Do you have what it takes to be a comic book hero? Take a close look at a comic book from the 1950s and 60s about nonviolence in the civil rights movement and think about ways those tips could help you today. Included in an OurStory module from Smithsonian's National Museum of America
Almost all Americans have family histories that trace back to other countries. By using this OurStory module, children and adults can enjoy exploring the experiences of immigrants who came to America and the ways that immigration has changed life in America through children's literature, museum o
Use primary sources as the inspiration for comparing and contrasting the soldiers on either side of the Civil War. After examining uniforms and viewing two short video clips, students will develop questions and perform short research projects to uncover the motivations behind the Civil War and th
Genealogy is the study of family ancestries and histories, and a great way to learn women's history. In this activity, students will learn about the methods and tools needed to conduct a genealogical interview. It is included in an OurStory module entitled Great Women of Our Pasts. OurSt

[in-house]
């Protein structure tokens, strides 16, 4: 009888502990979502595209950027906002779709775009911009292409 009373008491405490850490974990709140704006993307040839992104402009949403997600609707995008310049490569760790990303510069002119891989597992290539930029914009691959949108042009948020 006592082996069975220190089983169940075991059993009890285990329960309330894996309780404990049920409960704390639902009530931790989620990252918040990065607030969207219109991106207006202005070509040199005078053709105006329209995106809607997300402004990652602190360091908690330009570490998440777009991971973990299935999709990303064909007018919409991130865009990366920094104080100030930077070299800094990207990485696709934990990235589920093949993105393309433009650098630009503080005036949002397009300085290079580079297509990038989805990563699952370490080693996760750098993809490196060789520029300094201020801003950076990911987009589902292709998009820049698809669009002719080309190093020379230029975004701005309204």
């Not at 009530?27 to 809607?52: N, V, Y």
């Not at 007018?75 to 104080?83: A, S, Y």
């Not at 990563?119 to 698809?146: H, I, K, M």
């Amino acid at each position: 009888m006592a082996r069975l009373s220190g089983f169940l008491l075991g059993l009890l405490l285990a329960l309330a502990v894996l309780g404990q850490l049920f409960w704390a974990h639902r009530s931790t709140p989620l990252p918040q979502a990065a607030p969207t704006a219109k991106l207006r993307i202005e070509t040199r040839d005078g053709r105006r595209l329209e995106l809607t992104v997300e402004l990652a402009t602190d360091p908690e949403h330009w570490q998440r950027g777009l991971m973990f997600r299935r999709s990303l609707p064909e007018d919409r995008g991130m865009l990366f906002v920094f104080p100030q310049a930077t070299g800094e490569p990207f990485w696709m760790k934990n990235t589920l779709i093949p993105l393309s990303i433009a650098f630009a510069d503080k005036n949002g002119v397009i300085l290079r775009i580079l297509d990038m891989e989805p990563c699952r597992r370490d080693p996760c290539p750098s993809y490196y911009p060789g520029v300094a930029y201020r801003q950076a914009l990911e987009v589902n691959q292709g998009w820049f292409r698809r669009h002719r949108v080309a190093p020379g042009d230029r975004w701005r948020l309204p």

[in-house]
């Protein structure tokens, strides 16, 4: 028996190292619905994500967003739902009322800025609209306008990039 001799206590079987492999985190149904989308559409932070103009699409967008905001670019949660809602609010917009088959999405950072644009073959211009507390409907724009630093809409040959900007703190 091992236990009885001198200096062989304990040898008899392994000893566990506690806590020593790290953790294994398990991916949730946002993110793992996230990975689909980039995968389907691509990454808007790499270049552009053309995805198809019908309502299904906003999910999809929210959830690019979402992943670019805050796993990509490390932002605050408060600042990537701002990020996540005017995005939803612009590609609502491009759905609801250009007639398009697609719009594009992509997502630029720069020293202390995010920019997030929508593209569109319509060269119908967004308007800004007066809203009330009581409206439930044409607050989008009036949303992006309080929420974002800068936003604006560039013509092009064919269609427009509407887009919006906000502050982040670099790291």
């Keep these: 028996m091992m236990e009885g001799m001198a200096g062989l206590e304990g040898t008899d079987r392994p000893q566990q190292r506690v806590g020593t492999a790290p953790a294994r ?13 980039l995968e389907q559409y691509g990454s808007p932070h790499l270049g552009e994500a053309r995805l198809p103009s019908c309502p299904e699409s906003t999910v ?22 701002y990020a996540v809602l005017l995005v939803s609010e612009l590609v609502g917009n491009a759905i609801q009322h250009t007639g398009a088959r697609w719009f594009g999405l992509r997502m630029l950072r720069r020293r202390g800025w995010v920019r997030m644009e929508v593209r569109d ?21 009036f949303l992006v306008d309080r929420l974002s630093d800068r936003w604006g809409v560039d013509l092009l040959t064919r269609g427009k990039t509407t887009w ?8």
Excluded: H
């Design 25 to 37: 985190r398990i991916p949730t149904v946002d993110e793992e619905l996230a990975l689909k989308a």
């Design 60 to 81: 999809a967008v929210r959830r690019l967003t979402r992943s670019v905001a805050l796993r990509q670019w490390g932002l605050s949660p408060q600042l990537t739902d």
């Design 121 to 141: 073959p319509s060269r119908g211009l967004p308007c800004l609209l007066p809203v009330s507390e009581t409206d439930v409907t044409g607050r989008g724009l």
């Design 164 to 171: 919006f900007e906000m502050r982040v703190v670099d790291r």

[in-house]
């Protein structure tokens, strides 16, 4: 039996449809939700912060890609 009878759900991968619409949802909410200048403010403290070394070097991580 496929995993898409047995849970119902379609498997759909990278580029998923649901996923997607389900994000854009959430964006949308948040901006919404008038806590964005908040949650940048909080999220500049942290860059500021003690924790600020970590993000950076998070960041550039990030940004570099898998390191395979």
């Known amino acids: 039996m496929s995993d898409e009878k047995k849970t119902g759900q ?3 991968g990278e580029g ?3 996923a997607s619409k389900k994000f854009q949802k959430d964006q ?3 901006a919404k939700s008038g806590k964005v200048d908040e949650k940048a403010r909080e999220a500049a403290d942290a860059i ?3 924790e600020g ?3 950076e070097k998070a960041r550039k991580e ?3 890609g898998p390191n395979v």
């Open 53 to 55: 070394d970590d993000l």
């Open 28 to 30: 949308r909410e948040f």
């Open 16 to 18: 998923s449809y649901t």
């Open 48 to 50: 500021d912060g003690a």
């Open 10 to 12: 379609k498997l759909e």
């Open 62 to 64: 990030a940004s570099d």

This lesson plan outlines topics for short research projects and classroom performances related to the Mexican War. Have students select individuals connected to the Mexican War, perform research, and then interview each other to showcase the disparate views on the motivations behind the War and
Read or listen to a short news story about the food in a Japanese American internment camp, then create a meal using some of the same ingredients. Part of an OurStory module entitled Life in a WWII Japanese American Internment Camp, this activity includes links to instructions to make "W
Make your own constellation commemorating an American woman, like Maria Mitchell. Many cultures have used constellations to remember the stories of heroes, like the Greeks and some American Indians. Included in an OurStory module from Smithsonian's National Museum of American History entitled
Japanese Americans reflect on their years spent in internment camps as children or young adults. They discuss the process of being forced from their homes, and their ability to make the prisons more livable despite oppressive conditions.